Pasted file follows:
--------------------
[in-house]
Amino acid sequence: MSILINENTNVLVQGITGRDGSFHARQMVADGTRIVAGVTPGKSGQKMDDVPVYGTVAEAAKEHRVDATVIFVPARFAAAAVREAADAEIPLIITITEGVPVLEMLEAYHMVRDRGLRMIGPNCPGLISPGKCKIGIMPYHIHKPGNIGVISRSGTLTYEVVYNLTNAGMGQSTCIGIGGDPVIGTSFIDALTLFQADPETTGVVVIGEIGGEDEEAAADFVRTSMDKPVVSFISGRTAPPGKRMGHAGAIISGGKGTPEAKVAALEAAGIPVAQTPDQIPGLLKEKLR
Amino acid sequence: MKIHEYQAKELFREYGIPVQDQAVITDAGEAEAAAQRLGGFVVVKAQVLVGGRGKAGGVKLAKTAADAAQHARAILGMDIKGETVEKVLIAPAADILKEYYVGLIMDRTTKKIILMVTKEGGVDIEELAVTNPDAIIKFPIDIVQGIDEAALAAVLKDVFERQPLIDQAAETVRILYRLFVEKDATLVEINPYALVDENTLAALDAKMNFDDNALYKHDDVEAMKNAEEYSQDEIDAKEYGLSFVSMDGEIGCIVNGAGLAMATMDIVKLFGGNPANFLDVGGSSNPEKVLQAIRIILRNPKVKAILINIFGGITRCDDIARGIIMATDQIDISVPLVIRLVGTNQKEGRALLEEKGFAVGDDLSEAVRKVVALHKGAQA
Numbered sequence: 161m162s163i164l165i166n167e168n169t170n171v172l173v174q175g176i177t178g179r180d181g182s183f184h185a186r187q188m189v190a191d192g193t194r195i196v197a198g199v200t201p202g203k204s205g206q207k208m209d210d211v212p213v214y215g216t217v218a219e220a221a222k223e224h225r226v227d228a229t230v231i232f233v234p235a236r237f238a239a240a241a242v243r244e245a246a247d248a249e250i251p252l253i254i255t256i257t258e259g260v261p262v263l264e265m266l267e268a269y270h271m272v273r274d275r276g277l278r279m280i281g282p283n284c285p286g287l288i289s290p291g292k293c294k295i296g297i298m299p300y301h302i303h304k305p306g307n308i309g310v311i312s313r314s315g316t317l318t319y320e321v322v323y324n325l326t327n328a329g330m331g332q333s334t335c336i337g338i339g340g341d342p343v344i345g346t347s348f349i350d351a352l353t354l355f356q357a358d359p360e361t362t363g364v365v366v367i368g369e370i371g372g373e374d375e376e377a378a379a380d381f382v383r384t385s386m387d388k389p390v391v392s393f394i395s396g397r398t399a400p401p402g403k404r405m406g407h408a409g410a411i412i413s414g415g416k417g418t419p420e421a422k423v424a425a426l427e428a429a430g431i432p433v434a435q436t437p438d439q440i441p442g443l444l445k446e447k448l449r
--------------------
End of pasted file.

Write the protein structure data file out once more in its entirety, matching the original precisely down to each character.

[in-house]
Amino acid sequence: MSILINENTNVLVQGITGRDGSFHARQMVADGTRIVAGVTPGKSGQKMDDVPVYGTVAEAAKEHRVDATVIFVPARFAAAAVREAADAEIPLIITITEGVPVLEMLEAYHMVRDRGLRMIGPNCPGLISPGKCKIGIMPYHIHKPGNIGVISRSGTLTYEVVYNLTNAGMGQSTCIGIGGDPVIGTSFIDALTLFQADPETTGVVVIGEIGGEDEEAAADFVRTSMDKPVVSFISGRTAPPGKRMGHAGAIISGGKGTPEAKVAALEAAGIPVAQTPDQIPGLLKEKLR
Amino acid sequence: MKIHEYQAKELFREYGIPVQDQAVITDAGEAEAAAQRLGGFVVVKAQVLVGGRGKAGGVKLAKTAADAAQHARAILGMDIKGETVEKVLIAPAADILKEYYVGLIMDRTTKKIILMVTKEGGVDIEELAVTNPDAIIKFPIDIVQGIDEAALAAVLKDVFERQPLIDQAAETVRILYRLFVEKDATLVEINPYALVDENTLAALDAKMNFDDNALYKHDDVEAMKNAEEYSQDEIDAKEYGLSFVSMDGEIGCIVNGAGLAMATMDIVKLFGGNPANFLDVGGSSNPEKVLQAIRIILRNPKVKAILINIFGGITRCDDIARGIIMATDQIDISVPLVIRLVGTNQKEGRALLEEKGFAVGDDLSEAVRKVVALHKGAQA
Numbered sequence: 161m162s163i164l165i166n167e168n169t170n171v172l173v174q175g176i177t178g179r180d181g182s183f184h185a186r187q188m189v190a191d192g193t194r195i196v197a198g199v200t201p202g203k204s205g206q207k208m209d210d211v212p213v214y215g216t217v218a219e220a221a222k223e224h225r226v227d228a229t230v231i232f233v234p235a236r237f238a239a240a241a242v243r244e245a246a247d248a249e250i251p252l253i254i255t256i257t258e259g260v261p262v263l264e265m266l267e268a269y270h271m272v273r274d275r276g277l278r279m280i281g282p283n284c285p286g287l288i289s290p291g292k293c294k295i296g297i298m299p300y301h302i303h304k305p306g307n308i309g310v311i312s313r314s315g316t317l318t319y320e321v322v323y324n325l326t327n328a329g330m331g332q333s334t335c336i337g338i339g340g341d342p343v344i345g346t347s348f349i350d351a352l353t354l355f356q357a358d359p360e361t362t363g364v365v366v367i368g369e370i371g372g373e374d375e376e377a378a379a380d381f382v383r384t385s386m387d388k389p390v391v392s393f394i395s396g397r398t399a400p401p402g403k404r405m406g407h408a409g410a411i412i413s414g415g416k417g418t419p420e421a422k423v424a425a426l427e428a429a430g431i432p433v434a435q436t437p438d439q440i441p442g443l444l445k446e447k448l449r